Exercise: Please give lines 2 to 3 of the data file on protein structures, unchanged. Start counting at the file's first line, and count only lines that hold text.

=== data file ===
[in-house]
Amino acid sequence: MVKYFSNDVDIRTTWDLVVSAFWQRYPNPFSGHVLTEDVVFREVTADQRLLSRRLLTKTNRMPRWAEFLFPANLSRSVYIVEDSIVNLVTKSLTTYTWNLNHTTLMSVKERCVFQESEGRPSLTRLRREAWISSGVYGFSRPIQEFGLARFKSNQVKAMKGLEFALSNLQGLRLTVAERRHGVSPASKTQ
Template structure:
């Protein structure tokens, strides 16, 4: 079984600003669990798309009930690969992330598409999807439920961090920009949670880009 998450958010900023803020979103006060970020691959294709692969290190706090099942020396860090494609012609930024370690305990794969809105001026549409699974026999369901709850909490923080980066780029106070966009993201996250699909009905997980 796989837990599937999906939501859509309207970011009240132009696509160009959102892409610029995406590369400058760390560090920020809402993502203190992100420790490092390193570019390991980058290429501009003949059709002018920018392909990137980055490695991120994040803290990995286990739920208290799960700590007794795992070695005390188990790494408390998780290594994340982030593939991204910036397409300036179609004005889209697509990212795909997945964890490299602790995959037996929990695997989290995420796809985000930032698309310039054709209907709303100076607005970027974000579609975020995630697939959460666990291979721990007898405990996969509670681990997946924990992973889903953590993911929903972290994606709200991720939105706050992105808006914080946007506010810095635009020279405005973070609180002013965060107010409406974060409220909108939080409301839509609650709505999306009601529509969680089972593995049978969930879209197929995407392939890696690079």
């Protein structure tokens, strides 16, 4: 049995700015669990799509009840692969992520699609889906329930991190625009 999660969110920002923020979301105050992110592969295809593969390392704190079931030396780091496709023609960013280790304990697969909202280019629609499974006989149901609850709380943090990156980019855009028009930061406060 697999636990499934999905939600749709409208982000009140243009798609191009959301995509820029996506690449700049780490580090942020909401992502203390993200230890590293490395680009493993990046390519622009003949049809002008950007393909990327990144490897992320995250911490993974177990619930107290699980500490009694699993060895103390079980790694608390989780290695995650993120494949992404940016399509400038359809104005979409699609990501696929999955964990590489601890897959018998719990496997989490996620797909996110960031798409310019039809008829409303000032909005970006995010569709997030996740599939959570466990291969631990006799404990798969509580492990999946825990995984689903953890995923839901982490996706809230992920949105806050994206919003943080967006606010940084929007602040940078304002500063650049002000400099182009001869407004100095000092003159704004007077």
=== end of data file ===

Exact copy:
Amino acid sequence: MVKYFSNDVDIRTTWDLVVSAFWQRYPNPFSGHVLTEDVVFREVTADQRLLSRRLLTKTNRMPRWAEFLFPANLSRSVYIVEDSIVNLVTKSLTTYTWNLNHTTLMSVKERCVFQESEGRPSLTRLRREAWISSGVYGFSRPIQEFGLARFKSNQVKAMKGLEFALSNLQGLRLTVAERRHGVSPASKTQ
Template structure: